Global companies have recognised the importance of CXM and thus embraced it with open arms. Two recent surveys from IBM (2010) and Bloomberg Businessweek (2011) emphasise this point. The IBM survey revealed that 'getting closer to customers' as the #1 priority for CEOs in the next 5 years and Bloomsberg Businessweek reported that 80 percent of the companies polled rated customer experience as a top strategic objective.

Monty Python were on the right track


As a web design and build company we rather predictably are most interested in the Web Content Management (WCM) element of the CXM diagram. In the past, for a WCM strategy to be deemed successful, it was enough to deliver a great site experience by uploading interesting content. Of course there is nothing wrong with this and we would not even want to put an approximation on the number of sites we have seen over the years that do not do it! However, things have moved on.

WCM needs to interact and integrate with other solutions such as search, e-commerce and analytics to ensure that companies can gather customer intelligence to use for target marketing and retention strategies.

The web team and marketing department become intrinsically linked (hey, this is a bit like running Agile internally!) and create business rules which help target customers with personalised content.

Remember that scene in 'Life of Brian' when Brian is addressing his followers:

  • Brian: Look, you've got it all wrong! You don't need to follow me. You don't need to follow anybody! You've got to think for yourselves! You're all individuals!
  • Crowd: [in unison] Yes! We're all individuals!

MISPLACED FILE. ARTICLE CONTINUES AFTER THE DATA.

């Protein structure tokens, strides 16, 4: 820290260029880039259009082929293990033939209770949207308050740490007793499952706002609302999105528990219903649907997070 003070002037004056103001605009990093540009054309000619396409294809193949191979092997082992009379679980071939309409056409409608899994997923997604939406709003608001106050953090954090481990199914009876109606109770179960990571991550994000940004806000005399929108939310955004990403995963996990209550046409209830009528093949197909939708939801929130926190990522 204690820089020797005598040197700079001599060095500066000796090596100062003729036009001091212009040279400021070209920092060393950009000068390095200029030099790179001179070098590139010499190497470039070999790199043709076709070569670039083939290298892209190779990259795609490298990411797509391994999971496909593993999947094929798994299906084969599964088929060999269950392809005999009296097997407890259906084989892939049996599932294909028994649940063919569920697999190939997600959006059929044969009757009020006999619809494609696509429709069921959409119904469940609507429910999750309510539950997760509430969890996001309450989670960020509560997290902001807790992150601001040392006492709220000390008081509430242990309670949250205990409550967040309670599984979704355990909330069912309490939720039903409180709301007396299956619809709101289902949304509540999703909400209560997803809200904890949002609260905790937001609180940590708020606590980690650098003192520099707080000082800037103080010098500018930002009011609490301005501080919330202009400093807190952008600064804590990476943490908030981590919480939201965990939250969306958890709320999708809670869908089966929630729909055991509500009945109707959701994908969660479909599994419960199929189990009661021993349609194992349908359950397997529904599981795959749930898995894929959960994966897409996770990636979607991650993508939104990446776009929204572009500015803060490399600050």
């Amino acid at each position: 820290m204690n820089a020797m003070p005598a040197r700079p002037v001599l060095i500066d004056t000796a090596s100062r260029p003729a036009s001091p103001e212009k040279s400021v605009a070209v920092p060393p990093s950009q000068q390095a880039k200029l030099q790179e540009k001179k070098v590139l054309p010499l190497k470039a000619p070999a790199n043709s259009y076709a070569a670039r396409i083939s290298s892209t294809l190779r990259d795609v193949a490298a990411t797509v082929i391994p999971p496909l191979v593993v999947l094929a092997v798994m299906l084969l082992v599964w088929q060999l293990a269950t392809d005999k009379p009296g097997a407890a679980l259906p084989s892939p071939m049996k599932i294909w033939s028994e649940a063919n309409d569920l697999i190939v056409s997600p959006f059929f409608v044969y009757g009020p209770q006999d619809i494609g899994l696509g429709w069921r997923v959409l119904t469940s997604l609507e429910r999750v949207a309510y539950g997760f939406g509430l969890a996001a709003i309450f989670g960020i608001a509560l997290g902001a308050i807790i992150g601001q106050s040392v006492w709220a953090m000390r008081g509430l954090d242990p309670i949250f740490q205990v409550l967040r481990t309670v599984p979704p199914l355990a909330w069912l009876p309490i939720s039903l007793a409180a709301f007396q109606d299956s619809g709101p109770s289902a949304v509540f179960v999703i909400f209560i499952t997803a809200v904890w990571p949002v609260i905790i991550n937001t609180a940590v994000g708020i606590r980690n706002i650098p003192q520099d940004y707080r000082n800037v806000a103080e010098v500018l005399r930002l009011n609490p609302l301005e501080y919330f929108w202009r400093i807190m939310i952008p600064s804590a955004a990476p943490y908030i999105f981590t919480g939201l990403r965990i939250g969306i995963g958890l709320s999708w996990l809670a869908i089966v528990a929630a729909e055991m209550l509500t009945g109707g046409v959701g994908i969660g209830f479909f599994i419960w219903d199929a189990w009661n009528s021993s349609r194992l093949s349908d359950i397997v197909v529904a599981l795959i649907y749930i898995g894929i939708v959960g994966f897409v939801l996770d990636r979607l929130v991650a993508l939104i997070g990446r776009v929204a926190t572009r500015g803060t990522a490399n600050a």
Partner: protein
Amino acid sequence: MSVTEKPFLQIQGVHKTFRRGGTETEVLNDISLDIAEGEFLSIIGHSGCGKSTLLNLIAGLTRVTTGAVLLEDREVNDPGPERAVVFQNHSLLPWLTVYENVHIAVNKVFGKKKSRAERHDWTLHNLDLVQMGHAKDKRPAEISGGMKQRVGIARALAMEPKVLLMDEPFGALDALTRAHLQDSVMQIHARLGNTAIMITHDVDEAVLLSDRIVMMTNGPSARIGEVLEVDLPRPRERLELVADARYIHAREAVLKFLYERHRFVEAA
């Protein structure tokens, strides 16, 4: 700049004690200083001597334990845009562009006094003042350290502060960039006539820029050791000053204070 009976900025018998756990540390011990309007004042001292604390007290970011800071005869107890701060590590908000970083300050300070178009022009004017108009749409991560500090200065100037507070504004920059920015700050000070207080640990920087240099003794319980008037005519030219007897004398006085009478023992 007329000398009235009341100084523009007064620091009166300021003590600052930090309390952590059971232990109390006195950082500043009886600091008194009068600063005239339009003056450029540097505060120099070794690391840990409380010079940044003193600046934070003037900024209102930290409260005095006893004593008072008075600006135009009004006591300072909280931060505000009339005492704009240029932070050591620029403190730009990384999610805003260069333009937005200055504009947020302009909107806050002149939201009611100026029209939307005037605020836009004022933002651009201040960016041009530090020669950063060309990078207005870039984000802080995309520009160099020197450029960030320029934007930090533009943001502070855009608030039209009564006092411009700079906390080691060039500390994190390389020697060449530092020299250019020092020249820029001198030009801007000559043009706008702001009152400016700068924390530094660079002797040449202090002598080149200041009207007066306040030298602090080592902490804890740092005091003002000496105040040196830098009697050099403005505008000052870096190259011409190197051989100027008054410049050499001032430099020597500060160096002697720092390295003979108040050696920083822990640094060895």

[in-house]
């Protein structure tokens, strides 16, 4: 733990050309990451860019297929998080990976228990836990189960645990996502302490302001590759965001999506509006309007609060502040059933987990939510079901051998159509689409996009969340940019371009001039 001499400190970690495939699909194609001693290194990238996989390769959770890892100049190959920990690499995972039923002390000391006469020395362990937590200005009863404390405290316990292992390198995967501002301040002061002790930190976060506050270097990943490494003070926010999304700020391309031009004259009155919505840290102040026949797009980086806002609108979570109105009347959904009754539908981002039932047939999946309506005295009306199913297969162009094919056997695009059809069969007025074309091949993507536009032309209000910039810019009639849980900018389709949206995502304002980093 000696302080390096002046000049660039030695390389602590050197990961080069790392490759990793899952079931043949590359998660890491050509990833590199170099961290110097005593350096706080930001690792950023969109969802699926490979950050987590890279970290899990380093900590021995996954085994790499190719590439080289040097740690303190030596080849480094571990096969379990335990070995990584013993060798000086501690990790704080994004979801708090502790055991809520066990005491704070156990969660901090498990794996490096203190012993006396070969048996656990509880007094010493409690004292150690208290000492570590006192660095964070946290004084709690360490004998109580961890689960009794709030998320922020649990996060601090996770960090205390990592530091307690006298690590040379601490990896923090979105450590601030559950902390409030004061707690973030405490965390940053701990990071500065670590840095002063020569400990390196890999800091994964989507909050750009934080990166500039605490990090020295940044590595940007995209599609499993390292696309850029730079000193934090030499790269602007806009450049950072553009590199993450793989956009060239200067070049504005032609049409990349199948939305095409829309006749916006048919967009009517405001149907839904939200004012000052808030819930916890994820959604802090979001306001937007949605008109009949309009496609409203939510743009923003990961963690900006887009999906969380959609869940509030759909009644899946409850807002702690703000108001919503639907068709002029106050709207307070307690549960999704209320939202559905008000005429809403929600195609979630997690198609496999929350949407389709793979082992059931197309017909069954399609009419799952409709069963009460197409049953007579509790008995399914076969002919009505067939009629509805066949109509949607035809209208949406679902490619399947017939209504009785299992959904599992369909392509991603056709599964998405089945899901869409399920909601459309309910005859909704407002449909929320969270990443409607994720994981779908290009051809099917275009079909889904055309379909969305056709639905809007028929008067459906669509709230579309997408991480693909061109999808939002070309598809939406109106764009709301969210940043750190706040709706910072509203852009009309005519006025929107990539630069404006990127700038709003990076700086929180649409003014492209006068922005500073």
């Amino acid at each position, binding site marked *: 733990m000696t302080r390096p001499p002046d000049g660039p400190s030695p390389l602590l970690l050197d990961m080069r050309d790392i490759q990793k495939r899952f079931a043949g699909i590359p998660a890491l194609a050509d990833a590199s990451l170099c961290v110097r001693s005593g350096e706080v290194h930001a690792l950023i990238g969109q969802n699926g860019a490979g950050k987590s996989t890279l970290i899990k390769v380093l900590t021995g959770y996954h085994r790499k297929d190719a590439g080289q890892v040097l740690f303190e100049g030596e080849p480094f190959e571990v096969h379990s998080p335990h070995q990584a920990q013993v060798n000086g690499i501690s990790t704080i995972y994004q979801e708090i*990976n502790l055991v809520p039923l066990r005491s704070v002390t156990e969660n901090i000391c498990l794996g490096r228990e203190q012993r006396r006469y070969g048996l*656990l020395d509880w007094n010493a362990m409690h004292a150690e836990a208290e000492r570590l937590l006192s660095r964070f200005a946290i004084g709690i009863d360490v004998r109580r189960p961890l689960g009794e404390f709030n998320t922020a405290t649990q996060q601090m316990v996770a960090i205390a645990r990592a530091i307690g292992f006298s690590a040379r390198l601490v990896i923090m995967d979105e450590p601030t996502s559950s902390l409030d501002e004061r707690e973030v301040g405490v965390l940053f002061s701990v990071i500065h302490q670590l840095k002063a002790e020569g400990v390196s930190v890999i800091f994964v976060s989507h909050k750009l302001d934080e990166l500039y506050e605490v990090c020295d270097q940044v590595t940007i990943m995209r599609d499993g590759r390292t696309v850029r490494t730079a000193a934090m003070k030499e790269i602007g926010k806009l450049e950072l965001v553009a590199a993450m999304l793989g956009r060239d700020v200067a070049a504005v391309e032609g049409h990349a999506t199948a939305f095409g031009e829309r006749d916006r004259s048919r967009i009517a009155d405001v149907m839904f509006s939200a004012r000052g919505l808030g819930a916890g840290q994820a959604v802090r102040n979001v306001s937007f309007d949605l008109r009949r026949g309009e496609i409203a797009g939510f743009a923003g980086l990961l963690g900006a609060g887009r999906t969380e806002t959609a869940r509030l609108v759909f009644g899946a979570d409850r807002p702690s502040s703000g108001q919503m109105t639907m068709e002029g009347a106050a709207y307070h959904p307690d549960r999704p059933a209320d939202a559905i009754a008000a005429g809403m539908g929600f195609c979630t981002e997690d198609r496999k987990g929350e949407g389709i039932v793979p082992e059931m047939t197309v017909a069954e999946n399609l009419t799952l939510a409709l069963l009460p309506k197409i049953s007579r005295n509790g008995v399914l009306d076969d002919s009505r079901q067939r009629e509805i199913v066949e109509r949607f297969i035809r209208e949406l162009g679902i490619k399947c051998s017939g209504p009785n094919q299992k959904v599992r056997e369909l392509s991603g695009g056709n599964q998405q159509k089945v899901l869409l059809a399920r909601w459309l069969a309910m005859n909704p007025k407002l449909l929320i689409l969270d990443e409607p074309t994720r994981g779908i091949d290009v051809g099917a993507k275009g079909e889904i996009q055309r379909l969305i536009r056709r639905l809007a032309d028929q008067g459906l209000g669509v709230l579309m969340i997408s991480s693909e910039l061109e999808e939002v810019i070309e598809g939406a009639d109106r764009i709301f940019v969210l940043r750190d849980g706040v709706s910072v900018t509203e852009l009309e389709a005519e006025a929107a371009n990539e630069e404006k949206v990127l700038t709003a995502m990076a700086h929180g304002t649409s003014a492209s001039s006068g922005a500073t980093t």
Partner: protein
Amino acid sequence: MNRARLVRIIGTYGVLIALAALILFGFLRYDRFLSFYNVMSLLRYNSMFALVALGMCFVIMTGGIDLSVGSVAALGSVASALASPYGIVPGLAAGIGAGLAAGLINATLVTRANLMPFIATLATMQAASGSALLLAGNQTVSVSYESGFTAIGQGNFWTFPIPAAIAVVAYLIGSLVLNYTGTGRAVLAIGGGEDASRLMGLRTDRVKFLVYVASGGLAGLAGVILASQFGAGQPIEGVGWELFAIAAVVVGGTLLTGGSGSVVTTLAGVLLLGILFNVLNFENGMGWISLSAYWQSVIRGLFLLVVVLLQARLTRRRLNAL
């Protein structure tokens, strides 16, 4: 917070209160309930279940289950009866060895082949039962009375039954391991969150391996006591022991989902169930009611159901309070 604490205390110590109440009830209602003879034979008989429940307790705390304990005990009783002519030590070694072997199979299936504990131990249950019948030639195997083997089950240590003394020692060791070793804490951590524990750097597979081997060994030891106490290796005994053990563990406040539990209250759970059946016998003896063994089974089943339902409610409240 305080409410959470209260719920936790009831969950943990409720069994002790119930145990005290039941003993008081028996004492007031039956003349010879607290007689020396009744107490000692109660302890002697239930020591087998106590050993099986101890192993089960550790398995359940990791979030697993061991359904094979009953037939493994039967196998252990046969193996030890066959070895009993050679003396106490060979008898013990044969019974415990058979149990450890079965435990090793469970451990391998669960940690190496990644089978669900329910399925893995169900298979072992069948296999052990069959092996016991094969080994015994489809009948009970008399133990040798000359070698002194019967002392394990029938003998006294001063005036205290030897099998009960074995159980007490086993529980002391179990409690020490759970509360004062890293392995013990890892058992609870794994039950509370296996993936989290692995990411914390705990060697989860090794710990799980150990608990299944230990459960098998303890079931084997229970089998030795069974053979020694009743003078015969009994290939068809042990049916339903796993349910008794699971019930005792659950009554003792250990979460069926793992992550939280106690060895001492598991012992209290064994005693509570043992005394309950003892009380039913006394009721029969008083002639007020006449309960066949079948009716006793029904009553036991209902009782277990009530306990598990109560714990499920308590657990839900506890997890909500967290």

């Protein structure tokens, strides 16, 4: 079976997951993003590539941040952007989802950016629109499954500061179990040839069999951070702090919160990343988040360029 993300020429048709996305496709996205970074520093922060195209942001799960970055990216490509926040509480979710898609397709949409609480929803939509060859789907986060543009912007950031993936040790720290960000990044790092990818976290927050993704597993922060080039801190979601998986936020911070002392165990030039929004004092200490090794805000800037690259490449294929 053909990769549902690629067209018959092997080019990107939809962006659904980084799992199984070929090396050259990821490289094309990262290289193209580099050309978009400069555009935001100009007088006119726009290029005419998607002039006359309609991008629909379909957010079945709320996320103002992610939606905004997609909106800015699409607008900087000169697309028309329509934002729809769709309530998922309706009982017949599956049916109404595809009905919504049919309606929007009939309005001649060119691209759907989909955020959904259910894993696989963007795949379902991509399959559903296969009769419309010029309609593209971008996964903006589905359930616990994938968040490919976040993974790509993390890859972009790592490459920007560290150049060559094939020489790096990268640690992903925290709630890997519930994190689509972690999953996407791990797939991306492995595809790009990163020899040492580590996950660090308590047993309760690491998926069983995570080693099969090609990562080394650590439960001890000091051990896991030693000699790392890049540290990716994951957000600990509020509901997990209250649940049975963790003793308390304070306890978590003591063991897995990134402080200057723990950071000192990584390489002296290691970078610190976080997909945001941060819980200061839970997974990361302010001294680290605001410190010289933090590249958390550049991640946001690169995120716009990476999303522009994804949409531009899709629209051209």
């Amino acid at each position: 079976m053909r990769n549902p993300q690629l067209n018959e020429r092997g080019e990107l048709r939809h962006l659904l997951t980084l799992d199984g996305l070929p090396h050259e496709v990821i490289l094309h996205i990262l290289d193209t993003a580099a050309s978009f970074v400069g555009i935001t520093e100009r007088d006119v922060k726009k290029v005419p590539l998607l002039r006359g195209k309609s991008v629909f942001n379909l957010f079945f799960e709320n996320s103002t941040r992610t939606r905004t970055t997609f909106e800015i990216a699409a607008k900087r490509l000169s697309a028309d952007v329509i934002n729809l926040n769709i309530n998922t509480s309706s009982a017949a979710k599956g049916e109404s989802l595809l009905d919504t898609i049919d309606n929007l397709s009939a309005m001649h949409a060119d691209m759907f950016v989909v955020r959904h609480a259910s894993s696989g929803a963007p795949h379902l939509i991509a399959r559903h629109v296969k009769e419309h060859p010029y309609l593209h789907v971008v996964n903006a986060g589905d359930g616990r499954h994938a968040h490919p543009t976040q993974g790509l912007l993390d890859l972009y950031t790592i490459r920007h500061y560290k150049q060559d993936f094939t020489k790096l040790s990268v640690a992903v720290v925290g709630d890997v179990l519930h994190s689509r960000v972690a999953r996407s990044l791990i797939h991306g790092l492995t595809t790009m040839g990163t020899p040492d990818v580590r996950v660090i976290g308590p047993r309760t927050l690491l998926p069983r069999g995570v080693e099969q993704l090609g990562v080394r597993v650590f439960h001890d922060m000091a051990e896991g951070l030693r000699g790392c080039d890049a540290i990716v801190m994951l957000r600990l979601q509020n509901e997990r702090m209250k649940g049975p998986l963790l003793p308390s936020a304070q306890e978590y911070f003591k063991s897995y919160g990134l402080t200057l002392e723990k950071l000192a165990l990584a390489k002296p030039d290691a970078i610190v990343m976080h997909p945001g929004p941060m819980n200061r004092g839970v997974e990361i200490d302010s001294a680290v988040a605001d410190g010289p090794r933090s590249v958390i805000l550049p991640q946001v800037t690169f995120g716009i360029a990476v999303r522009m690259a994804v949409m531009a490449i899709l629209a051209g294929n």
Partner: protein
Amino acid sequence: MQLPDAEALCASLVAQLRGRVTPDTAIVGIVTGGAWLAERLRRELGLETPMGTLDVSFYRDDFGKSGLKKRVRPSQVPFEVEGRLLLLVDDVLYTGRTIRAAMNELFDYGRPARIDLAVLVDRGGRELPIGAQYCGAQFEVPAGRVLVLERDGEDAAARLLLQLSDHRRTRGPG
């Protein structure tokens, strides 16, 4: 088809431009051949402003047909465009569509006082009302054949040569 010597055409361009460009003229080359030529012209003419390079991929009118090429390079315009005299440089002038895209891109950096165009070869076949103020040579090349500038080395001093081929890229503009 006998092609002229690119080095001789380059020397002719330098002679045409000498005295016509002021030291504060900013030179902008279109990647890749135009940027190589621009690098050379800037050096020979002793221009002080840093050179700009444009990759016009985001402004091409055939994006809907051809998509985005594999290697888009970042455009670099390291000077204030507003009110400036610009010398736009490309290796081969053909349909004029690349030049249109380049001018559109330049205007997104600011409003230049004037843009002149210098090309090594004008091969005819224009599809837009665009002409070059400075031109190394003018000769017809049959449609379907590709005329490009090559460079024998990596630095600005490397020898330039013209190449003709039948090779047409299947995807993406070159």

• Brian: You're all different!
  • Crowd: [in unison] Yes, we are all different!
  • Man in crowd: I'm not...

Well, it is worth remembering this scene when building a website (provided your target audience doesn’t consist of customers like the 'Man in the crowd').

At MMT Digital we use a number of different systems to build websites including Kentico EMS which is incredibly efficient in marketing automation which leads to highly targeted personalisation. In short, different people see different content depending on their website behaviour, their purchasing history or their search journey. For example, Kentico EMS will recognise what search terms a user entered into Google and display content accordingly.

It does not take much deliberation to recognise how powerful this can be for a company and MMT Digital have put it to practice on a number of occasions. Recently, we have built a site for a global publisher which remembers what a user has searched for, such as Murder Fiction, via an external search engine, and display books of this genre in certain places on the site throughout the visit. 

There is no need to make CXM complicated

You will no doubt hear a lot more about CXM over the coming months. Some vendors seem to think the more complicated they make something sound the more intelligent they appear but we think the exact opposite. If something is straight forward it takes someone lacking either intelligence or knowledge (or both!) to make it sound complicated.

So, should you encounter such a person when researching CXM, just remember what the inadvertent expert marketeer Barney told us; everyone’s special, everyone’s different and everyone is important!